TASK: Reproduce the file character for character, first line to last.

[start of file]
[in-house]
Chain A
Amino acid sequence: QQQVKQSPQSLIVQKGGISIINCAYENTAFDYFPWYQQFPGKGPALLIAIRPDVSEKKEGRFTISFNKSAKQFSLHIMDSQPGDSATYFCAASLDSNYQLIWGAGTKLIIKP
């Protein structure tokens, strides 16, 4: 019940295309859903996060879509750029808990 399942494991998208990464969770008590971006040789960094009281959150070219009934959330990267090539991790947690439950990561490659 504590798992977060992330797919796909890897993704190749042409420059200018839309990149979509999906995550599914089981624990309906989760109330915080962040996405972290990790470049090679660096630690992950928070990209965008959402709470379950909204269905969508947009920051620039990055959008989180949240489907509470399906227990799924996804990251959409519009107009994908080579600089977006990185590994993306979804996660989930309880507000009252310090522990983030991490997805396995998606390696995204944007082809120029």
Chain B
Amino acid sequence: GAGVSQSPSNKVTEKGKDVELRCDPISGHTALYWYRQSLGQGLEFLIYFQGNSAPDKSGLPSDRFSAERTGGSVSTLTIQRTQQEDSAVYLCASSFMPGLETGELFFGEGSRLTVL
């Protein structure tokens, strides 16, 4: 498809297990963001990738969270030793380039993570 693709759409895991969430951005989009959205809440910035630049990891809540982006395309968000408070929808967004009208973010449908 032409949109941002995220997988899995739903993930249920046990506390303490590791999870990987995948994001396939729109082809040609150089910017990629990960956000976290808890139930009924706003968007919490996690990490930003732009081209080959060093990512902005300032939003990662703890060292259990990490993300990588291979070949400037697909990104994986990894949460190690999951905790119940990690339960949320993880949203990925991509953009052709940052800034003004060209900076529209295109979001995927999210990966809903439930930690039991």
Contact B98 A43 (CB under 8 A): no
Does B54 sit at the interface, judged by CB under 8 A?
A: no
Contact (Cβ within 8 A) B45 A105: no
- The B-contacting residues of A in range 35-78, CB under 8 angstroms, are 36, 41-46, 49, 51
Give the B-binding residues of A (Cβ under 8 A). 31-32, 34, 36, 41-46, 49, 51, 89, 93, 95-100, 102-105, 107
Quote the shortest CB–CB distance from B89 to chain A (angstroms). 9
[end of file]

[in-house]
Chain A
Amino acid sequence: QQQVKQSPQSLIVQKGGISIINCAYENTAFDYFPWYQQFPGKGPALLIAIRPDVSEKKEGRFTISFNKSAKQFSLHIMDSQPGDSATYFCAASLDSNYQLIWGAGTKLIIKP
């Protein structure tokens, strides 16, 4: 019940295309859903996060879509750029808990 399942494991998208990464969770008590971006040789960094009281959150070219009934959330990267090539991790947690439950990561490659 504590798992977060992330797919796909890897993704190749042409420059200018839309990149979509999906995550599914089981624990309906989760109330915080962040996405972290990790470049090679660096630690992950928070990209965008959402709470379950909204269905969508947009920051620039990055959008989180949240489907509470399906227990799924996804990251959409519009107009994908080579600089977006990185590994993306979804996660989930309880507000009252310090522990983030991490997805396995998606390696995204944007082809120029």
Chain B
Amino acid sequence: GAGVSQSPSNKVTEKGKDVELRCDPISGHTALYWYRQSLGQGLEFLIYFQGNSAPDKSGLPSDRFSAERTGGSVSTLTIQRTQQEDSAVYLCASSFMPGLETGELFFGEGSRLTVL
């Protein structure tokens, strides 16, 4: 498809297990963001990738969270030793380039993570 693709759409895991969430951005989009959205809440910035630049990891809540982006395309968000408070929808967004009208973010449908 032409949109941002995220997988899995739903993930249920046990506390303490590791999870990987995948994001396939729109082809040609150089910017990629990960956000976290808890139930009924706003968007919490996690990490930003732009081209080959060093990512902005300032939003990662703890060292259990990490993300990588291979070949400037697909990104994986990894949460190690999951905790119940990690339960949320993880949203990925991509953009052709940052800034003004060209900076529209295109979001995927999210990966809903439930930690039991």
Contact B98 A43 (CB under 8 A): no
Does B54 sit at the interface, judged by CB under 8 A?
A: no
Contact (Cβ within 8 A) B45 A105: no
- The B-contacting residues of A in range 35-78, CB under 8 angstroms, are 36, 41-46, 49, 51
Give the B-binding residues of A (Cβ under 8 A). 31-32, 34, 36, 41-46, 49, 51, 89, 93, 95-100, 102-105, 107
Quote the shortest CB–CB distance from B89 to chain A (angstroms). 9